Friday, May 28, 2010

Beach Bummer Again...

This week’s release of Heal the Bay’s annual Beach Report Card shows modest improvements in Long Beach water quality, with one notable exception – Colorado Lagoon. The lagoon received straight Fs across the board. Rain or shine, winter or summer, year after year, the story is the same.

Heal the Bay gathers water quality data from 450 locations throughout California and, once again, Colorado Lagoon features prominently in their Beach Bummer top ten list, this year moving from 4th to 6th place. This dubious distinction reflects the lagoon’s dismal water quality during summer dry weather months, when swimming and other recreational uses are at their peak. This news comes on the eve of the Memorial Day holiday weekend, traditionally seen as the start of our summer recreation season. This weekend hundreds of Long Beach children will be swimming in Colorado Lagoon, a place their parents consider safe because of the gentle sloping beach and lack of waves.

Water quality in Colorado Lagoon remains a serious health and safety issue. Despite significant progress towards cleaning up the lagoon, bacteria and algae blooms continue because the lagoon has been isolated from the rest of the bay, and the Pacific Ocean, by an ill-conceived underground culvert. This culvert restricts the tidal circulation that the lagoon needs to be clean and healthy. Tidal circulation is the life blood of an estuary like Colorado Lagoon. Restricting this life blood, while pouring more and more urban runoff each year into the lagoon has gotten us where we are today. A good analogy is asking an athlete to run in a race with the blood circulation to their legs restricted. It is a recipe for disaster.

The storm drain work being done around the lagoon this year will reduce the amount of trash and urban runoff entering the lagoon during the dry season, and this is an important step forward. But unless full tidal circulation is restored, the lagoon will continue to have bacteria and algae problems each year. The existing underground culvert will be cleaned this summer, at a cost to the city of more than $400k (paid for through a grant secured by the city and FOCL). This will lead to marginally better tidal circulation, but in a relatively short period of time the culvert will again clog with silt and marine growth. This is not cost effective and certainly not a long term solution.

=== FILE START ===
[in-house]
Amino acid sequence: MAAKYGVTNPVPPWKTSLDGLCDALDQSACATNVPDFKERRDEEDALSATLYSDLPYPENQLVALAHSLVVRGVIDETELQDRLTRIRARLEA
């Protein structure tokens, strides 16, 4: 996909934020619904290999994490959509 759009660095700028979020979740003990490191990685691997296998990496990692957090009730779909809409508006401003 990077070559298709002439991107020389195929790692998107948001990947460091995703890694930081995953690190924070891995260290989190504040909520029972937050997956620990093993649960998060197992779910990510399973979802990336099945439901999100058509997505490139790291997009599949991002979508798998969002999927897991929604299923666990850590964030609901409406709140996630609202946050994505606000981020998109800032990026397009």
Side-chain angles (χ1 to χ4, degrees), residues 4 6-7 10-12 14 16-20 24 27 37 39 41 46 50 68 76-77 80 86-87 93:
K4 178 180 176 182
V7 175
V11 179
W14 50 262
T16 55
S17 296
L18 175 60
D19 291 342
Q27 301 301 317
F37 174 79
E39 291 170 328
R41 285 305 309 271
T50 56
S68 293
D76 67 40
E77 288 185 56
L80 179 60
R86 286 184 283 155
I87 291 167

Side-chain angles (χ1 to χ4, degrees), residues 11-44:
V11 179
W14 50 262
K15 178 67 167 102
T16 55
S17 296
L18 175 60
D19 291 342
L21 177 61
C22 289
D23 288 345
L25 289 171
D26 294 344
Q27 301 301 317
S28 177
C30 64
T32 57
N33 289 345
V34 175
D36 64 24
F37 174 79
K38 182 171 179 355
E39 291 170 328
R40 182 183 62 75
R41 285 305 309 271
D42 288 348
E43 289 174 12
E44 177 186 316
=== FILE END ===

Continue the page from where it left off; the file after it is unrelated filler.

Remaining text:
The only long term solution to this health issue, and the one recommended by the EIR, is restoring the original tidal creek that used to connect the lagoon to Alamitos bay. This original connection was filled in back in the 60s to make way for a “cross town freeway” which thankfully never happened. The city, Port of LB, along with resource agencies such as National Oceanic and Atmospheric Administration (NOAA) and US Fish and Wildlife have been studying options to restore circulation to the lagoon, and the results will be released by the city in a few weeks. This data, along with public input, will help the city decide on the best way forward for restoring full circulation, also know as Phase II of the lagoon restoration.

We look forward to hearing your input on this important health and safety issue. If we make the right decisions now, Colorado Lagoon will no longer be known as one the 10 most polluted beaches in California, but instead as a safe and clean recreational asset that the citizens of Long Beach can be proud of.

Dave Pirazzi, Friends of Colorado Lagoon

PS. Thanks to Lenny Arkinstall for the use of his photos, and more importantly for his and LCWS work to remove the rafts of algae. Most of the algae seen in these photos has been removed as I post this.


  1. The work at the Lagoon is quite exciting and it will be such a relief and incredible success when the Colorado Lagoon is off of Heal the Bay's list. Thank you Dave for expressing the importance of the open tidal creek toward this goal.

  2. If full tidal exchange is the goal (and it is!), restoring the original tidal creek that connected C.Lagoon to Marine Stadium is the only viable solution....all the others are just band-aids.

  3. Dave this is a great overview of the Heal the Bay's report card and Lagoon's poor performance this year. It is also notable that Heal the Bay is basing its ratings only on bacterial levels in the water measured by the City of Long Beach's Health Dept. If you take into consideration all the heavy metals and organic pollutants in the lagoon's sediments...the grades are even worse. F--